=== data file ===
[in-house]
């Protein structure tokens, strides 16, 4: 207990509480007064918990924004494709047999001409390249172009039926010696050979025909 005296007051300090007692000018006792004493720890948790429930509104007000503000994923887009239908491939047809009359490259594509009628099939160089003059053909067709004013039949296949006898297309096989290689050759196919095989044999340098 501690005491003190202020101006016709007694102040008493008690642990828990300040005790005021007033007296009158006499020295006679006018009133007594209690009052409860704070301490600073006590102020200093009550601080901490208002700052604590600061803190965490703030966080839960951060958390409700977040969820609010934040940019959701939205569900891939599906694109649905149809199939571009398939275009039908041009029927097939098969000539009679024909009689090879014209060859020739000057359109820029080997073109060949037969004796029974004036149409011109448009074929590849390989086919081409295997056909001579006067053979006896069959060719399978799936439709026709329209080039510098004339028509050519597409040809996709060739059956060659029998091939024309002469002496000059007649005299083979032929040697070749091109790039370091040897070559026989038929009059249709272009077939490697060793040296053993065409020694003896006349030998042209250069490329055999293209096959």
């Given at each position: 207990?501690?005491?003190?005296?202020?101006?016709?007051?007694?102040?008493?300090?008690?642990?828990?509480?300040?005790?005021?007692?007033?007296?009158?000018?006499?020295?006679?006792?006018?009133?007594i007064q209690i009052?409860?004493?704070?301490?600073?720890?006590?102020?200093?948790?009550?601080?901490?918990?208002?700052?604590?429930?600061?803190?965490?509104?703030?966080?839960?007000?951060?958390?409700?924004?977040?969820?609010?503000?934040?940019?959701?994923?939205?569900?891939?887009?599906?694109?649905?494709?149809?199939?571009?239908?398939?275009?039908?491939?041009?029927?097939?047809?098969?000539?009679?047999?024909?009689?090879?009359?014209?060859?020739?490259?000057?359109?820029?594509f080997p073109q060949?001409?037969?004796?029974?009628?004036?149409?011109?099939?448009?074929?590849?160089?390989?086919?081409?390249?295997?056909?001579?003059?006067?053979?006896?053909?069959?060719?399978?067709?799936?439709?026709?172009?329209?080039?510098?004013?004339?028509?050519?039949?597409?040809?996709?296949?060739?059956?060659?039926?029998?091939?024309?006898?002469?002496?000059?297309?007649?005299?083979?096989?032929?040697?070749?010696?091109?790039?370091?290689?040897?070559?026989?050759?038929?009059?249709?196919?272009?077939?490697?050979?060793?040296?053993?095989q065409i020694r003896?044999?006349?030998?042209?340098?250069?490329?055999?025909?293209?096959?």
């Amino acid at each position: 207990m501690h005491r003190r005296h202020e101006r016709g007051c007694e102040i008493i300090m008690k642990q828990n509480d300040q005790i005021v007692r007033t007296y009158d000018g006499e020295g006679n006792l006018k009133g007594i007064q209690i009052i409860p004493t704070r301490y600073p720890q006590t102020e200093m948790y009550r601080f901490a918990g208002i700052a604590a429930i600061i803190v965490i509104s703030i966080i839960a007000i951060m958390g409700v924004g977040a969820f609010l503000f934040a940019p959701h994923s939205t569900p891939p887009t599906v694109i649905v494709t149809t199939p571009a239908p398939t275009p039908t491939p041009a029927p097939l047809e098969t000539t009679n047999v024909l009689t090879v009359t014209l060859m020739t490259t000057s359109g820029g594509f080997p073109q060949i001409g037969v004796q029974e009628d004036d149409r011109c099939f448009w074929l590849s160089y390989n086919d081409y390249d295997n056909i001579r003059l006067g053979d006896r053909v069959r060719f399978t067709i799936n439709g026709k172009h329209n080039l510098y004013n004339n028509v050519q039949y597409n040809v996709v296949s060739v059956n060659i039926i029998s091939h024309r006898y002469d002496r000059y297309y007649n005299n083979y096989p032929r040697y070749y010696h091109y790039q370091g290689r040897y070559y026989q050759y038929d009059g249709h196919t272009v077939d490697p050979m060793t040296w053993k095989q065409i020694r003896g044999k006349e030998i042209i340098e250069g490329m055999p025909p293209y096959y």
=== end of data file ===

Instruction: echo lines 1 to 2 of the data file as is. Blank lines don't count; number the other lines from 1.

[in-house]
């Protein structure tokens, strides 16, 4: 207990509480007064918990924004494709047999001409390249172009039926010696050979025909 005296007051300090007692000018006792004493720890948790429930509104007000503000994923887009239908491939047809009359490259594509009628099939160089003059053909067709004013039949296949006898297309096989290689050759196919095989044999340098 501690005491003190202020101006016709007694102040008493008690642990828990300040005790005021007033007296009158006499020295006679006018009133007594209690009052409860704070301490600073006590102020200093009550601080901490208002700052604590600061803190965490703030966080839960951060958390409700977040969820609010934040940019959701939205569900891939599906694109649905149809199939571009398939275009039908041009029927097939098969000539009679024909009689090879014209060859020739000057359109820029080997073109060949037969004796029974004036149409011109448009074929590849390989086919081409295997056909001579006067053979006896069959060719399978799936439709026709329209080039510098004339028509050519597409040809996709060739059956060659029998091939024309002469002496000059007649005299083979032929040697070749091109790039370091040897070559026989038929009059249709272009077939490697060793040296053993065409020694003896006349030998042209250069490329055999293209096959």